Ruth Wilson Gilmore said about abolition: “it requires that we change one thing: everything.” And I think that’s a very useful sentiment and one that the Argentinian movement really lived up to in its own way. Every single place, every single platform, every single person became a tool to raise public awareness around the issue, to raise the organizational level of our side, and to strengthen the fight.
Abortion is so stigmatized in society, it is a source of so much shame and guilt, it is not something we are often taught about, it is kept from us, and we have to take seriously that part of our role is to make everything about abortion and abortion about everything.
To win a demand like the legalization of abortion, on such a scale, the state has to feel that it is in its own interest to concede our demands—that what would happen if they didn’t would be much worse. And part of that is showing that we don’t need them and, actually, if they want to remain relevant, if they want to have any control over the situation, they need to give us what we want.
I think this is fundamentally tied to a certain understanding of how people radicalize, particularly around this issue. People join the movement through personal experiences and collective struggle, people change their minds through collective struggle. People’s horizons about what is possible are raised. The idea that somehow we will be able to do all that without talking about the specificities of abortion and, frankly, without engaging with and helping people seeking abortions—which is an argument I have heard—I think is a failing strategy. It’s not the only thing we should do, of course, but it should be an important part of what we do.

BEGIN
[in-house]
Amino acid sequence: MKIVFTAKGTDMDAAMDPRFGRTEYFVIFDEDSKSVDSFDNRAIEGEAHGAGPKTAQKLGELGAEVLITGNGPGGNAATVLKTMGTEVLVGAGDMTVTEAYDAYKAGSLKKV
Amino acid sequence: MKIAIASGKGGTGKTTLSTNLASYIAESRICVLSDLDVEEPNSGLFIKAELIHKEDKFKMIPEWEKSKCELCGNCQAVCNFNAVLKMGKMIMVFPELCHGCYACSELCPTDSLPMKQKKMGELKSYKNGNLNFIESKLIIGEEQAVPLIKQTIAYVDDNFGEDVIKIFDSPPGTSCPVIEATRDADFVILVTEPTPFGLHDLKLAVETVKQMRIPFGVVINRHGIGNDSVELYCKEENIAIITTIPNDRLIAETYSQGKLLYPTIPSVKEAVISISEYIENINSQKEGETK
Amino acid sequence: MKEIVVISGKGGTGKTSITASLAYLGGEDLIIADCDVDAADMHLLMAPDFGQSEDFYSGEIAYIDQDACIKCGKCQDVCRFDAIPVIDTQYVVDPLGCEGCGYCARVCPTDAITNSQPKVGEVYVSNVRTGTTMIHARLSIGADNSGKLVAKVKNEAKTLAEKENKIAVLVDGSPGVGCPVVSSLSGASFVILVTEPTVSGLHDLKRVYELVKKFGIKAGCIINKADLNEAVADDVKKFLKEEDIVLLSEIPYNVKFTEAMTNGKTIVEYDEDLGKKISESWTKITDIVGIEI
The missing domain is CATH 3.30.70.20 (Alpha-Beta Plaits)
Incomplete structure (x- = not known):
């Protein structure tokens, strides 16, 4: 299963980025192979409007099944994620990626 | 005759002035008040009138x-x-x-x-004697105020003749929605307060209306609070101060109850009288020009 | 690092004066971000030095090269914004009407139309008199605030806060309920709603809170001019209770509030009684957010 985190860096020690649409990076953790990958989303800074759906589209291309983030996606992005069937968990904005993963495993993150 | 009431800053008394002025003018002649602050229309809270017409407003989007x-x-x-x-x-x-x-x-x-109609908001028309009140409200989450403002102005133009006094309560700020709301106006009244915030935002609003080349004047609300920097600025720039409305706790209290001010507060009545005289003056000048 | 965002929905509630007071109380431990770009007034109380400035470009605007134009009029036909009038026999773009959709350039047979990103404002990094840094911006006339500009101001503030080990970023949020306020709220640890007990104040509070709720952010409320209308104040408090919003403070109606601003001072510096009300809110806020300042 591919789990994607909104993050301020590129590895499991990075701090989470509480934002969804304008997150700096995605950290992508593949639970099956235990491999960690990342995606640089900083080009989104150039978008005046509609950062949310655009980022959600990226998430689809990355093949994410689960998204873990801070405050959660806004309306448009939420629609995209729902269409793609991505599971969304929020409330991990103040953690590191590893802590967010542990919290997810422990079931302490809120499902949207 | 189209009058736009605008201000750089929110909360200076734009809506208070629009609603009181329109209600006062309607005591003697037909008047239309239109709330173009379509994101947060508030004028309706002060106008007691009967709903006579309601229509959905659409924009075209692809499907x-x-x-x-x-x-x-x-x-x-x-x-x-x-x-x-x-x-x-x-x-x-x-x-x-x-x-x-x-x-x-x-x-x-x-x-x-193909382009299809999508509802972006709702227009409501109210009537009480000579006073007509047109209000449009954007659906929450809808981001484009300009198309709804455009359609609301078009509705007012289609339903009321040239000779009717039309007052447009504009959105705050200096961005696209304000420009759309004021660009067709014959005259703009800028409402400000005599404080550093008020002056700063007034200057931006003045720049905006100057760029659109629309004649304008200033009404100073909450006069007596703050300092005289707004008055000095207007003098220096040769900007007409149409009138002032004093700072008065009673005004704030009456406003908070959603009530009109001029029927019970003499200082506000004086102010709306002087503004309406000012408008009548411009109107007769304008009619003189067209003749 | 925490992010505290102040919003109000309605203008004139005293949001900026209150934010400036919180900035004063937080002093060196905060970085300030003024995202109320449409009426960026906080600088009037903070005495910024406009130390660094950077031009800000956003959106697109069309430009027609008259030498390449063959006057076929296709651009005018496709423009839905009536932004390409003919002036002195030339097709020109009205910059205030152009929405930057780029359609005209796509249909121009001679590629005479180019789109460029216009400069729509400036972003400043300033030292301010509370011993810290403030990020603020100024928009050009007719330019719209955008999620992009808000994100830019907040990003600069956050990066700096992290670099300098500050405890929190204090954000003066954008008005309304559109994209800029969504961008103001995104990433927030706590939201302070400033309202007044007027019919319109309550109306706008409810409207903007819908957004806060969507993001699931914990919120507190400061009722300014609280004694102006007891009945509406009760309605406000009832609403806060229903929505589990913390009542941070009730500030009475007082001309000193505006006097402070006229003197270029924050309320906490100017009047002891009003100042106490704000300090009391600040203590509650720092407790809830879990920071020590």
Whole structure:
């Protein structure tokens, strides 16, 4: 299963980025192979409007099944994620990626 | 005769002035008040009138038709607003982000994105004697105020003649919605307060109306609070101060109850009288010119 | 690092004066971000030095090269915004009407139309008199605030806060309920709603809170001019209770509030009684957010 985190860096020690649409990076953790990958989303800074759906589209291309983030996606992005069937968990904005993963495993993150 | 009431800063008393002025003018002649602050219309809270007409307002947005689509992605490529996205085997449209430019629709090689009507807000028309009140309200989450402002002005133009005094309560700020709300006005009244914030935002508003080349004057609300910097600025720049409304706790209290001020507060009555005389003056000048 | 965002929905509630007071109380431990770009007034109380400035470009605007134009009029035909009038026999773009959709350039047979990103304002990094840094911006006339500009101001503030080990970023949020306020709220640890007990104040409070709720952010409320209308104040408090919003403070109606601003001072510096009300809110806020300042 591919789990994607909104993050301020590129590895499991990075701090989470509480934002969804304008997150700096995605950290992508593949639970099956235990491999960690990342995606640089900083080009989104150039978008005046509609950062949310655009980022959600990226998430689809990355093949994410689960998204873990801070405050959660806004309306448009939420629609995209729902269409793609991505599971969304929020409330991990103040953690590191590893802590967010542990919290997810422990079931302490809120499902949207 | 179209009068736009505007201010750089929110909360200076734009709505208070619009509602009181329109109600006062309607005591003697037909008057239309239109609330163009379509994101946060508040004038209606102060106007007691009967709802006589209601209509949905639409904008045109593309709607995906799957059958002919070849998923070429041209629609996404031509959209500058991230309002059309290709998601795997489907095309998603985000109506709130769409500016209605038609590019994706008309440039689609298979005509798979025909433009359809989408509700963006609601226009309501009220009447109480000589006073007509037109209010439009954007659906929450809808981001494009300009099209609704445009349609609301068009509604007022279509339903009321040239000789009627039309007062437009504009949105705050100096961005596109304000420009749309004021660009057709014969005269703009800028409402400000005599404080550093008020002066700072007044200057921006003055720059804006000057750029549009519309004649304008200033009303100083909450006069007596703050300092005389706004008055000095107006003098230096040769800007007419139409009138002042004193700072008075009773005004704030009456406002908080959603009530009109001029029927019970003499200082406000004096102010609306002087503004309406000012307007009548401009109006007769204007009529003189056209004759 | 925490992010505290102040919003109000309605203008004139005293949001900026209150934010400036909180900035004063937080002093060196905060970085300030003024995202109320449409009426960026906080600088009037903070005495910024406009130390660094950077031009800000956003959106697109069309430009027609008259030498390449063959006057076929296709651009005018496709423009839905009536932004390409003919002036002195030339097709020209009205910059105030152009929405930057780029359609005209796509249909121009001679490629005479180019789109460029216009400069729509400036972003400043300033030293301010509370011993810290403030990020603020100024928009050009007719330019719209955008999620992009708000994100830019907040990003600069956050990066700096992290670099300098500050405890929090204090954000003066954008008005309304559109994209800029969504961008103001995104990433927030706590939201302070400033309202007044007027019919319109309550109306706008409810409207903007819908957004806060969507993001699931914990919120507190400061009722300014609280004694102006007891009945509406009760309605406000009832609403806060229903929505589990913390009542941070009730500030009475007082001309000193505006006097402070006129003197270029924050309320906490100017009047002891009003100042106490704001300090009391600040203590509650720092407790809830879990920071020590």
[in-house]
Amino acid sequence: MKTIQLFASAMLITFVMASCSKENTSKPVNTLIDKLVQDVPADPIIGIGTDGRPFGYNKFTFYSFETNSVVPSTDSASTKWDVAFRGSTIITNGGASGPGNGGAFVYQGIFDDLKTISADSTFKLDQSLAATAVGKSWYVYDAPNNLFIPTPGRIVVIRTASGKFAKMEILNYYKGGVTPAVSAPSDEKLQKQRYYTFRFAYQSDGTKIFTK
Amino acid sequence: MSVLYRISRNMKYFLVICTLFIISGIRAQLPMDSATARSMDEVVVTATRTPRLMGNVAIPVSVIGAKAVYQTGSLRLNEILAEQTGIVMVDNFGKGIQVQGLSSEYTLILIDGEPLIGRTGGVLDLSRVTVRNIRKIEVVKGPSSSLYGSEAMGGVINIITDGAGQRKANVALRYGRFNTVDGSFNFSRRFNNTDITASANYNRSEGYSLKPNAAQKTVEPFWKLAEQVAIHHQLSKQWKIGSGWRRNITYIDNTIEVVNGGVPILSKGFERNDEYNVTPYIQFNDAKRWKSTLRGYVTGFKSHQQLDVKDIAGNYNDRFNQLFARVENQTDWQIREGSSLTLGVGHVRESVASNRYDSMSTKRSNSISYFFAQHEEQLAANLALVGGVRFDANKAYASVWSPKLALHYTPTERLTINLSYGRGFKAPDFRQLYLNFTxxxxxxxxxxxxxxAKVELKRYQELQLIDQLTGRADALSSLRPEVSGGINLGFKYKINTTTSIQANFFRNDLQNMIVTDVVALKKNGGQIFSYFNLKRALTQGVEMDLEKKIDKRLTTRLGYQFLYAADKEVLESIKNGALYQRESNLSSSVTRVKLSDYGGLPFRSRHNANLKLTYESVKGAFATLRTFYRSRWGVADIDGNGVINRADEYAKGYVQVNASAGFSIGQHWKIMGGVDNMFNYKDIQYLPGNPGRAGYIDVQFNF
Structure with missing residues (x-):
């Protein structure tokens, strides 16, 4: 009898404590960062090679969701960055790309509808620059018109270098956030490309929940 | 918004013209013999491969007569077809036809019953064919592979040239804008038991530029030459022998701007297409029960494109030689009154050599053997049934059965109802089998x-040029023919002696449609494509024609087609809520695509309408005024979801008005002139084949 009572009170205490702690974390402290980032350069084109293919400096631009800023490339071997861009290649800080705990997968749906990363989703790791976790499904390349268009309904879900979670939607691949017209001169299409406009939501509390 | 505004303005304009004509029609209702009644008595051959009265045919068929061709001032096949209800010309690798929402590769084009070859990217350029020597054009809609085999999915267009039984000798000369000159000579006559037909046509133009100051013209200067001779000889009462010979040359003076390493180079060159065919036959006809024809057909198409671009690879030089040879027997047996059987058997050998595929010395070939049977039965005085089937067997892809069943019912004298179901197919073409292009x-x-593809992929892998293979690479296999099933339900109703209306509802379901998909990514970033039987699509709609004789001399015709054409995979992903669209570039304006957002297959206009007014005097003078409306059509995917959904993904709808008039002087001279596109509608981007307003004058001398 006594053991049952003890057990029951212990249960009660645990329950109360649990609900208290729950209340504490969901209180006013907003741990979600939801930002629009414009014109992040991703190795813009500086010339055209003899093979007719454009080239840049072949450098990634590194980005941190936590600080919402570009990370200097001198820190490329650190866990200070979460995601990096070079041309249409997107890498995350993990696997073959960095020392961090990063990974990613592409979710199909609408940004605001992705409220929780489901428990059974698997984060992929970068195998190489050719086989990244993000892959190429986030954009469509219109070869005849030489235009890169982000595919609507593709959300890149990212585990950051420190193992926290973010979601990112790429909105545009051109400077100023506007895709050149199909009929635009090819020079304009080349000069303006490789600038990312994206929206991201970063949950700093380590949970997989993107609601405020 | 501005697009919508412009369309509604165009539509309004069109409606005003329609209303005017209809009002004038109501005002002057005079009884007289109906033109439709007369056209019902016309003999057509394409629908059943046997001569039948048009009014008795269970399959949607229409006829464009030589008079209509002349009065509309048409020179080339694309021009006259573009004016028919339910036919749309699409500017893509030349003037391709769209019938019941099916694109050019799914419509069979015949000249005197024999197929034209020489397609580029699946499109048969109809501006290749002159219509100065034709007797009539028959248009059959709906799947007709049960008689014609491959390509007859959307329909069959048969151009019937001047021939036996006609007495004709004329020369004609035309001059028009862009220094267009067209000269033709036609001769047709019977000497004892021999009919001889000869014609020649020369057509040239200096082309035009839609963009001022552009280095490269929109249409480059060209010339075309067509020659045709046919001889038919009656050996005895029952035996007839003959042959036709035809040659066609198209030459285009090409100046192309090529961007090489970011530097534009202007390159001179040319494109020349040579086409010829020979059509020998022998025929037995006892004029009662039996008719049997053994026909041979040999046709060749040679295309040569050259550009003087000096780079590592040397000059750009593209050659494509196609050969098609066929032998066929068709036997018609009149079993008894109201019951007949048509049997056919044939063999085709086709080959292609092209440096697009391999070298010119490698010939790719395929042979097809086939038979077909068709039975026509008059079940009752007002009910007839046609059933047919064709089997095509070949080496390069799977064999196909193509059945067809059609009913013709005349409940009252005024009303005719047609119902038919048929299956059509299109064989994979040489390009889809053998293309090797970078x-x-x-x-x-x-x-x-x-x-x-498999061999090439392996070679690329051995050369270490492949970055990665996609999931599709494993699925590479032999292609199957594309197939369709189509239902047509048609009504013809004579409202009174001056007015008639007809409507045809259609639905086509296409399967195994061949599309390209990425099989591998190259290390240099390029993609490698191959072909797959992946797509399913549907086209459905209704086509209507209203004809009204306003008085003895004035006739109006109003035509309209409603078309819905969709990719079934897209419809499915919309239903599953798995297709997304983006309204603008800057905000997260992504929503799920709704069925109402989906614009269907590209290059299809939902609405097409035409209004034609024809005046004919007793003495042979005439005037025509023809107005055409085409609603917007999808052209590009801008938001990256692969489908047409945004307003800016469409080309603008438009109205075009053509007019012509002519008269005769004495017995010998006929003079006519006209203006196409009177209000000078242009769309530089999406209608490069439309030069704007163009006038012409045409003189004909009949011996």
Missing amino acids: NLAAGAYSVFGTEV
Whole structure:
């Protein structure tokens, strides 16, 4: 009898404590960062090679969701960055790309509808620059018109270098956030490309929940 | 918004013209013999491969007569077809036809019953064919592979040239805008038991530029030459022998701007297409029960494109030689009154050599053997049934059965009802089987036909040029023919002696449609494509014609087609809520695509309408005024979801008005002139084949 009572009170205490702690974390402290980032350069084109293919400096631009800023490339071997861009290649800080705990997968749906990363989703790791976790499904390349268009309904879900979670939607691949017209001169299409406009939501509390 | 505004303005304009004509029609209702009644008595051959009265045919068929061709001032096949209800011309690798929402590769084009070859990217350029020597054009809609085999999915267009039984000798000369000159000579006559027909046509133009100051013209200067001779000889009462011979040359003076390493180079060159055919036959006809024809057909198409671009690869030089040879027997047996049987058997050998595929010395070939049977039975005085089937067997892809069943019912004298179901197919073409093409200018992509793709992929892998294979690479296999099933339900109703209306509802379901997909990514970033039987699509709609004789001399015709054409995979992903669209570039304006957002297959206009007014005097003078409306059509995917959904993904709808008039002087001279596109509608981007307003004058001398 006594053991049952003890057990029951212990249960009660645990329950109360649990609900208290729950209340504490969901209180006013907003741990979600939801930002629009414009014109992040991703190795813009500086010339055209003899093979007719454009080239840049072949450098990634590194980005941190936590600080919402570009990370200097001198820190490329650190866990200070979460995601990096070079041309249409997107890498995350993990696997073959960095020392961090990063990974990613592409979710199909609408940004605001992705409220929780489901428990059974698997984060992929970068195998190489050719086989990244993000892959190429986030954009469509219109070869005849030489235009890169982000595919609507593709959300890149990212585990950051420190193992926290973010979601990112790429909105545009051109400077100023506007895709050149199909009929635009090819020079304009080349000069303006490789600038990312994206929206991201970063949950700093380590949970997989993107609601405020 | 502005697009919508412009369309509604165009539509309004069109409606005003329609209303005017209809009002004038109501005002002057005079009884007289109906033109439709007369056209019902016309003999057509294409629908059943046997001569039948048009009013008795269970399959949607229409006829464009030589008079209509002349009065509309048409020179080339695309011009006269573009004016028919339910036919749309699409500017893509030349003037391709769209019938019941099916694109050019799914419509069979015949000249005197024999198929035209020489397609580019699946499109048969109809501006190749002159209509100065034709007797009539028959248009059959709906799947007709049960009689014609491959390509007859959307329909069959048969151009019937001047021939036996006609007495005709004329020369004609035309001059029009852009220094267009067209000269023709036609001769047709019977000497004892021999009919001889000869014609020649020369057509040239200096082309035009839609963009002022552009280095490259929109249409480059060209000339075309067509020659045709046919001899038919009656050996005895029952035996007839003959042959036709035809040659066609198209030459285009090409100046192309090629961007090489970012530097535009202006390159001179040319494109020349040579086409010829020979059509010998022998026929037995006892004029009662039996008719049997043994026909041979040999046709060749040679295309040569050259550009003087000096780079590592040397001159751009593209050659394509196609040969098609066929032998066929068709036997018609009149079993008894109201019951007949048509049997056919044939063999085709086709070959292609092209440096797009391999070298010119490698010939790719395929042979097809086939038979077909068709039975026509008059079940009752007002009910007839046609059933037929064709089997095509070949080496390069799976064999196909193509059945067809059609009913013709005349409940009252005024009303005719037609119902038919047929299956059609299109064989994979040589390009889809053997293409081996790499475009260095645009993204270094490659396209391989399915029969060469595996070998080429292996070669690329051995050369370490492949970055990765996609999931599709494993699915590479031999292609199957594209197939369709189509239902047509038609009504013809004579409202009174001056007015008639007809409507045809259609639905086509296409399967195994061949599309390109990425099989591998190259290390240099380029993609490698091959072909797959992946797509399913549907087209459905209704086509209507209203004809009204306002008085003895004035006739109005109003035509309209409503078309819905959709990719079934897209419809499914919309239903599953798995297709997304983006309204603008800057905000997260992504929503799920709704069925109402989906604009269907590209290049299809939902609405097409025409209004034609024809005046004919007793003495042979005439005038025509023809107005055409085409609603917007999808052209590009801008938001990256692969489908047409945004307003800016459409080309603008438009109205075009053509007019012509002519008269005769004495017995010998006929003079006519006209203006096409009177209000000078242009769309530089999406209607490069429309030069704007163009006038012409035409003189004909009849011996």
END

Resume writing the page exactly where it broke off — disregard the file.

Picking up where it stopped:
This brings me to the second point I wanted to touch on briefly, which is the development, generalization, and integration of demands around abortion within and into the broader left in Argentina.
In the 1980s, after the overthrow of the civic-ecclesiastical-military dictatorship, Argentina went through a process of formal democratization, which the feminist movement was very much part of in its own way, including a sector that was focused on abortion. In the context of this period of popular participation and activity to rebuild the country, there was a society-wide mobilization of human rights organizations, unions, LGBTQ groups, student movements, etc., and by the end of the 1990s, abortion started to develop a different kind of profile, thanks in large part due to these coalitions and collective experiences of political development.
In 2001, the country experienced a profound economic and political crisis that precipitated a new chapter of struggle in Argentinian society—for democracy and against traditional political parties, politicians in general, austerity, and the external debt. During this period, neighborhood assemblies were built and they functioned both as mutual aid networks and as political organizing spaces.